Australia drug convict Schapelle Corby granted parole
Convicted Australian drug trafficker Schapelle Corby has been granted parole after serving nine years in prison, Indonesia has announced.
Corby, 36, was convicted of drug smuggling in 2005 after 4.1kg (9lb) of marijuana was found in her bag at Denpasar airport in Bali in 2004.
The former beauty student has always maintained her innocence.
Her case has attracted intense interest in Australia, with prolonged public debate over her guilt or innocence.
It also led to criticism of what was perceived by some as a tough 20-year prison sentence.
Corby was granted parole after receiving a series of cuts to her sentence for good behaviour and a five-year reduction granted by the Indonesian president after an appeal for clemency.
She must serve out her parole period in Bali. She is expected to live with her sister, Mercedes, on the Indonesian island.
The announcement came in a press conference by Indonesian Justice and Human Rights Minister Amir Syamsuddin.
"After our review, we have approved 1,291 applications, there will be more. Corby is included in the 1,291 cases," he said.
"The implementation [of the release] will be carried out by the local authorities."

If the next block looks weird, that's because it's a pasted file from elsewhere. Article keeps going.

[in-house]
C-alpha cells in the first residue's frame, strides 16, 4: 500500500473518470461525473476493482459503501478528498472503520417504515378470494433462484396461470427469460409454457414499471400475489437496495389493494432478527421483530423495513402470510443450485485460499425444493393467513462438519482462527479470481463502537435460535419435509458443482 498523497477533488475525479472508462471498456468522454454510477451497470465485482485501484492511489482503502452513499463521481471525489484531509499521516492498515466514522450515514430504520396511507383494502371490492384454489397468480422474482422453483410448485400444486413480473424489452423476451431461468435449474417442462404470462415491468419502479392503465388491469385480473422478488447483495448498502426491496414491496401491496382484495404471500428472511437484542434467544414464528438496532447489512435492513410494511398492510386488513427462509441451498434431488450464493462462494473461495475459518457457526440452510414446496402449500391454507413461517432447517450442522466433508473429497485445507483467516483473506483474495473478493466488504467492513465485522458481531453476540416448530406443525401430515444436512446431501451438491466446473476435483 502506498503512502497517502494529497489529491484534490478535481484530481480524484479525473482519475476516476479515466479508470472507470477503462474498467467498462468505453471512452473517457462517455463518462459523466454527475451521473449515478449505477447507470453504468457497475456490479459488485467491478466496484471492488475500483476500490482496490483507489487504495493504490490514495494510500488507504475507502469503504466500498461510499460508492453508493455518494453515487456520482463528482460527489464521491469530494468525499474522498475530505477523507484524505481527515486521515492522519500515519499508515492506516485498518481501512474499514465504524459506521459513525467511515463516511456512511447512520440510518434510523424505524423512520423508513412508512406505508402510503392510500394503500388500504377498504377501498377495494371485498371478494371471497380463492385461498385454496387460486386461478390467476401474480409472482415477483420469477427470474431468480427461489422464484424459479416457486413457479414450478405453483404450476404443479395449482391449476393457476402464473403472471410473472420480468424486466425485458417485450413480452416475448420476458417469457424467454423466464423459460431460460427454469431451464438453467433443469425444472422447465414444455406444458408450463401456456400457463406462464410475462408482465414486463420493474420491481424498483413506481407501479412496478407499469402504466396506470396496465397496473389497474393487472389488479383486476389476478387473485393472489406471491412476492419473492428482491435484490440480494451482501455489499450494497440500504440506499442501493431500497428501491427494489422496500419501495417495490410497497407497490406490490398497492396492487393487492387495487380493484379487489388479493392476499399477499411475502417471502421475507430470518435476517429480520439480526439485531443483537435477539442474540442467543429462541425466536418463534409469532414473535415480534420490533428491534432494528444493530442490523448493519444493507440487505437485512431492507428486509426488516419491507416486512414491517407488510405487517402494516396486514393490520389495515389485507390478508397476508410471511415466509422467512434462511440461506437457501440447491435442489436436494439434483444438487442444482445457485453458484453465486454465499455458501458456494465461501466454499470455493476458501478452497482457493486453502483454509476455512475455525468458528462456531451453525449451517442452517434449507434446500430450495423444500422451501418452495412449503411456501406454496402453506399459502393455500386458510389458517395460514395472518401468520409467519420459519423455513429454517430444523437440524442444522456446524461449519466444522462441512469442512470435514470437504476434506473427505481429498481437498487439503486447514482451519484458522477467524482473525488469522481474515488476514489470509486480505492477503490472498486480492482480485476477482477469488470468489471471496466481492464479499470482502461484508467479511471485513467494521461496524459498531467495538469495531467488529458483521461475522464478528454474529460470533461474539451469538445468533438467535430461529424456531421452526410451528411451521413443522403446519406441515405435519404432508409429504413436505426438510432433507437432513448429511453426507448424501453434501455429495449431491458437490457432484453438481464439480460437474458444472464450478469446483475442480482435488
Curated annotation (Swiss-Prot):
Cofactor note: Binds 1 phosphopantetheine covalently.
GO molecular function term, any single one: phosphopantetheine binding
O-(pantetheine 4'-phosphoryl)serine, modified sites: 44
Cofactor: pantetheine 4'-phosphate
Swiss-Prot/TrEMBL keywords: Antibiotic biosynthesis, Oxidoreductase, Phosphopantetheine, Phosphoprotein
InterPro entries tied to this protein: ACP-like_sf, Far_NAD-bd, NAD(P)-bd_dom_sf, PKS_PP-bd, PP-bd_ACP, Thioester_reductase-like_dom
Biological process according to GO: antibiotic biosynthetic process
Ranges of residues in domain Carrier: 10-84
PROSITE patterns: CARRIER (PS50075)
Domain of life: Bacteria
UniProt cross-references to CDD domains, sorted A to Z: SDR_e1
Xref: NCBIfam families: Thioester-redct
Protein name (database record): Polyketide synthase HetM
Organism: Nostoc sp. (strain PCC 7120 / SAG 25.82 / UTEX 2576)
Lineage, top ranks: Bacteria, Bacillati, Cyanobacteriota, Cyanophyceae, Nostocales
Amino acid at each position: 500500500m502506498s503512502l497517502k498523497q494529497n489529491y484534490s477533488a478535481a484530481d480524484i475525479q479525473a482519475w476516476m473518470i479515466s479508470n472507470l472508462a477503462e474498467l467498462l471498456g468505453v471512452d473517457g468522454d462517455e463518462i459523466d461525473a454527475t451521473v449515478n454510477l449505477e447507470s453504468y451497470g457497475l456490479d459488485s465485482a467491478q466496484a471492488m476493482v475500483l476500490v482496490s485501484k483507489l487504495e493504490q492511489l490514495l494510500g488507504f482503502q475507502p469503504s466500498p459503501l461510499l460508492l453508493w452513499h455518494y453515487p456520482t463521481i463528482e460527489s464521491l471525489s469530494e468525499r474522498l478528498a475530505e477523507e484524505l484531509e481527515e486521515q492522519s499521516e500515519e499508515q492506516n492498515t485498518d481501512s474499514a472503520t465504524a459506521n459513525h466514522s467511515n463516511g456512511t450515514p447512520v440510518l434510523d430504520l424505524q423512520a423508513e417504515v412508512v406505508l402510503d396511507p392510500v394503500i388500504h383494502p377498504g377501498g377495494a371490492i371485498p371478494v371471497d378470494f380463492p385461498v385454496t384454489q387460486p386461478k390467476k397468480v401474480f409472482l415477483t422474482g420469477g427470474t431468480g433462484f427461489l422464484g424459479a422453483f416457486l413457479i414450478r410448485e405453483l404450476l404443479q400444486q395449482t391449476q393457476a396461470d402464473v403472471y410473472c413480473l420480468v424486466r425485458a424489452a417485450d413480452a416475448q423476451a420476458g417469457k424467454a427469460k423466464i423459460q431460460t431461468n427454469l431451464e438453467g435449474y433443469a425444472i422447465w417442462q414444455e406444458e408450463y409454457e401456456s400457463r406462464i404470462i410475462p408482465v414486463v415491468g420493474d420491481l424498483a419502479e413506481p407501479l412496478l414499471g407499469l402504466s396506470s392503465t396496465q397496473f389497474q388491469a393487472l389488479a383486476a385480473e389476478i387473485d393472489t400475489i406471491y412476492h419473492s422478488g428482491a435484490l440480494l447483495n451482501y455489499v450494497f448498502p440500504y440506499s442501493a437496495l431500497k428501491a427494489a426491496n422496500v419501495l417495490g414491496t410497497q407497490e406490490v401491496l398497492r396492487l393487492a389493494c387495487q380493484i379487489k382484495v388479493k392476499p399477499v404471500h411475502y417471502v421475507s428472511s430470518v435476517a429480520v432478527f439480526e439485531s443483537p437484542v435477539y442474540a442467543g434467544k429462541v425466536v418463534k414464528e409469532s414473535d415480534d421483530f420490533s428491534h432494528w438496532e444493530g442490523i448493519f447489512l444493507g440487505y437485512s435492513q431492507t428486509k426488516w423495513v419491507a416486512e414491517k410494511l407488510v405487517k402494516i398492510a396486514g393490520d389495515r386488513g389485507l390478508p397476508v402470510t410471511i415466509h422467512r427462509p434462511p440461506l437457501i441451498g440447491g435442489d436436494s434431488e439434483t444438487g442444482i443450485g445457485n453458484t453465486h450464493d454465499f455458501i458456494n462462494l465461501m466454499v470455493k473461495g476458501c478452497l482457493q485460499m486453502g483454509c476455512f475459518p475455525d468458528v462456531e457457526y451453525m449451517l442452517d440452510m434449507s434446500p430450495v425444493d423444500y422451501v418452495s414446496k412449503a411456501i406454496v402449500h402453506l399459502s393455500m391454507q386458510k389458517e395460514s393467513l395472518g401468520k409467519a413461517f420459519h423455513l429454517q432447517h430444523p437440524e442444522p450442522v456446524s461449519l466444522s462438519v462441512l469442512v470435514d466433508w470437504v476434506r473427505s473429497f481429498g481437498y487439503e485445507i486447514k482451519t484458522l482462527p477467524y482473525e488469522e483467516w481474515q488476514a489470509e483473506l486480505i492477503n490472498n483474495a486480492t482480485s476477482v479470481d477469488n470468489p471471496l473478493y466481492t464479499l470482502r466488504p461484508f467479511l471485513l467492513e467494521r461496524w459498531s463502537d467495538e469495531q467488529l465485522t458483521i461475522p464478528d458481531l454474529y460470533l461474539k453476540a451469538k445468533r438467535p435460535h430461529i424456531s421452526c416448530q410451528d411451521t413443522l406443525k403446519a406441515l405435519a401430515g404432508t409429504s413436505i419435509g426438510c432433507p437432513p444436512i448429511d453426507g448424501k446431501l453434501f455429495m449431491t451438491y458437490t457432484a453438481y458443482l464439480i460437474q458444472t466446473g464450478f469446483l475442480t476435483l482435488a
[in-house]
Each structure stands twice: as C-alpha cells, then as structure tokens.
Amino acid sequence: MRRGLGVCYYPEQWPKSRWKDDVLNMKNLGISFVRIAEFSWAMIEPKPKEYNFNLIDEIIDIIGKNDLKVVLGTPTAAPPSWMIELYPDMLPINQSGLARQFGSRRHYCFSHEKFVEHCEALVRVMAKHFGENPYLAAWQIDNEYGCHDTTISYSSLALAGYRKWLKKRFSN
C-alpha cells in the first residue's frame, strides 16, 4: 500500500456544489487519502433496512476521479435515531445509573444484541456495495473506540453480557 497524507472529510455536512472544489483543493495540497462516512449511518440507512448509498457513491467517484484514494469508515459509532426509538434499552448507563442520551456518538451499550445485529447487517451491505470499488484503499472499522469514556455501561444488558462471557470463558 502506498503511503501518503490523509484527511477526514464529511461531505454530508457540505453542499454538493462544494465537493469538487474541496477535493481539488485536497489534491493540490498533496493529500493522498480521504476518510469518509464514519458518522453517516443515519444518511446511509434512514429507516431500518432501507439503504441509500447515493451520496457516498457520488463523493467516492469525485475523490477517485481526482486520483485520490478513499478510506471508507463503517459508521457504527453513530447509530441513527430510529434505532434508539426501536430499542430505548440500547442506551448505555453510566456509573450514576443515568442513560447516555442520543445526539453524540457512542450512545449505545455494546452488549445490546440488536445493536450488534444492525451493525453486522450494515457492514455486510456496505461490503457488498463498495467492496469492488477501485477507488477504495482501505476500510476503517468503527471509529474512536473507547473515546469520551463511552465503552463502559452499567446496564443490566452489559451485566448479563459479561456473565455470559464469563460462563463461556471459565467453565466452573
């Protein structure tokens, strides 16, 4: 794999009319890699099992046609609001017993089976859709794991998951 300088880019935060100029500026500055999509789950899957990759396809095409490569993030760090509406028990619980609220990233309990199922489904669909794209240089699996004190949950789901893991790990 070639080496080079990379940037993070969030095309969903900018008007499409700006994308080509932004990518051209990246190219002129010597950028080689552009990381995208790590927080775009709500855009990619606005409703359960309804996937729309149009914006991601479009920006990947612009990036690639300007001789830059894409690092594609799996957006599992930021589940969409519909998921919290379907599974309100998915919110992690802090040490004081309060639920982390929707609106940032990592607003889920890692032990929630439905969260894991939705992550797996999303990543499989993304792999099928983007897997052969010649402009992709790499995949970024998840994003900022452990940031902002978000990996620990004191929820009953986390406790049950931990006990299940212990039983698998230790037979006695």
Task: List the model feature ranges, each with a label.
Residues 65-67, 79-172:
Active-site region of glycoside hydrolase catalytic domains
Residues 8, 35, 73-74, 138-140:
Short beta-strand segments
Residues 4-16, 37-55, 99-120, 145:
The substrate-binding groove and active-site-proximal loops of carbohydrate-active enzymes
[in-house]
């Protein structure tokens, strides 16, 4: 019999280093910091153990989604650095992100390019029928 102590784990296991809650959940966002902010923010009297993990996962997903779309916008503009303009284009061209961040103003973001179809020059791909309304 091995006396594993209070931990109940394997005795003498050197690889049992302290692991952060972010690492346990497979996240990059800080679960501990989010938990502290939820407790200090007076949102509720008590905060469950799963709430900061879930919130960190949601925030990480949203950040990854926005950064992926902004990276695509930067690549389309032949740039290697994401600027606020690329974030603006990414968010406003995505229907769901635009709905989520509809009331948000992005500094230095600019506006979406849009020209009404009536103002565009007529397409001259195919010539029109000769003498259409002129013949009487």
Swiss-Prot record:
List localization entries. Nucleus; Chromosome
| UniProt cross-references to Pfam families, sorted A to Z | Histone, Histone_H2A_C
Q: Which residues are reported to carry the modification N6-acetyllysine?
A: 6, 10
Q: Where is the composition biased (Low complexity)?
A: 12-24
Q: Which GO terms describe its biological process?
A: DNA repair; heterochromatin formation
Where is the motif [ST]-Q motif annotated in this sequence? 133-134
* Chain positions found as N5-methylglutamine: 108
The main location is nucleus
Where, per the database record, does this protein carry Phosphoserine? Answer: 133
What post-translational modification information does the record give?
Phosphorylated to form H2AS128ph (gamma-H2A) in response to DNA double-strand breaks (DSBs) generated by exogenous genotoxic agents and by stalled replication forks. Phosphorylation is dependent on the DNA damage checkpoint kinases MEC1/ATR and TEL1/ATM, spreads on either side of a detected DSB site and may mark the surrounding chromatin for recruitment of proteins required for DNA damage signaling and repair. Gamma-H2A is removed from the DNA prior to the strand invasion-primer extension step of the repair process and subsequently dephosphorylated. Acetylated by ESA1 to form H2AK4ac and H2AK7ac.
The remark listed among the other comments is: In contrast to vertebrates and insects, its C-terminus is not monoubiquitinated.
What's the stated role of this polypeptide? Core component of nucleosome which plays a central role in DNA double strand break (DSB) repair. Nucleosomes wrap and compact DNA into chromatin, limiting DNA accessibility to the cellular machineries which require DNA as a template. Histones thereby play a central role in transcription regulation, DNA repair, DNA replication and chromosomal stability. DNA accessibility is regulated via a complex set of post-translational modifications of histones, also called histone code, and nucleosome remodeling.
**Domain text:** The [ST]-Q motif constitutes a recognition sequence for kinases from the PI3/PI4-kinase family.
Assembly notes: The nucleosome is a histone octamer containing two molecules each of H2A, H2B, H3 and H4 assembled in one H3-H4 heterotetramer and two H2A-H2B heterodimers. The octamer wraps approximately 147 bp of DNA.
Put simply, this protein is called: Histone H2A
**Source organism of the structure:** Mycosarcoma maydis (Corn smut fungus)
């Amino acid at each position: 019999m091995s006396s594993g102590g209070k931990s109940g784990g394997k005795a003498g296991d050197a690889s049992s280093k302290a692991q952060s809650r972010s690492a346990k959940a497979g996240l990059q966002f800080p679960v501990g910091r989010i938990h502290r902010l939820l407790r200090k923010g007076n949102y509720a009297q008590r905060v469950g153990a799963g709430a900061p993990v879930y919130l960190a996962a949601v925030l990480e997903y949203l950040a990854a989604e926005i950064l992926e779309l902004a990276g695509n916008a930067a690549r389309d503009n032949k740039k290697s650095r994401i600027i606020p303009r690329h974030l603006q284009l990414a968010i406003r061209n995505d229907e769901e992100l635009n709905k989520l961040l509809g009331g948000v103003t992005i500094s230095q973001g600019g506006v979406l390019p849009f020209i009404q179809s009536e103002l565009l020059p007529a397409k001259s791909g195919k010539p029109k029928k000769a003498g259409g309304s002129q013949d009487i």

Not since Lindy Chamberlain, jailed and eventually acquitted of killing her own daughter, Azaria, in 1980, has there been a more divisive female Australian inmate nor such a feast of lurid headlines, allegations and political pressure points. Much of it has been pure tabloid.
Where consensus can perhaps be found is on the length of her sentence: many Australians believe it was too long. A poll in May 2012, in Fairfax Media, found 43% in favour of her gaining clemency, even though 60% of those surveyed agreed she was guilty as charged.
He added that he did not "want to talk specifically about Schapelle" and said that she had not been given special treatment.
"Parole is not a matter of policy and not a minister's generosity. It's the right of inmates. We're a dignified country and we uphold the laws," he said.Media frenzy
The minister refused to go into the specifics on when Corby would be released, the BBC's Alice Budisatrijo in Jakarta reports.
A prison governor said Corby could be released as early as Monday afternoon, once the correct paperwork was received, Australian broadcaster ABC reported.
Corby's mental health is said to have deteriorated while in jail.
Her case has generated intense media interest, with large numbers of Australian media gathered outside Kerobokan prison in Bali, where Corby has been held.
According to reports, Australian media are competing to pay for Corby's story following her release.
Reports say Corby will not be able to leave for Australia until 2017. She is required to stay in Indonesia for an extra year, after her sentence ends in 2016, to comply with her parole conditions.
Some Indonesian MPs had spoken out against Corby's early release on Thursday. They said it would be inconsistent with Jakarta's attempts to crack down on the drug trade.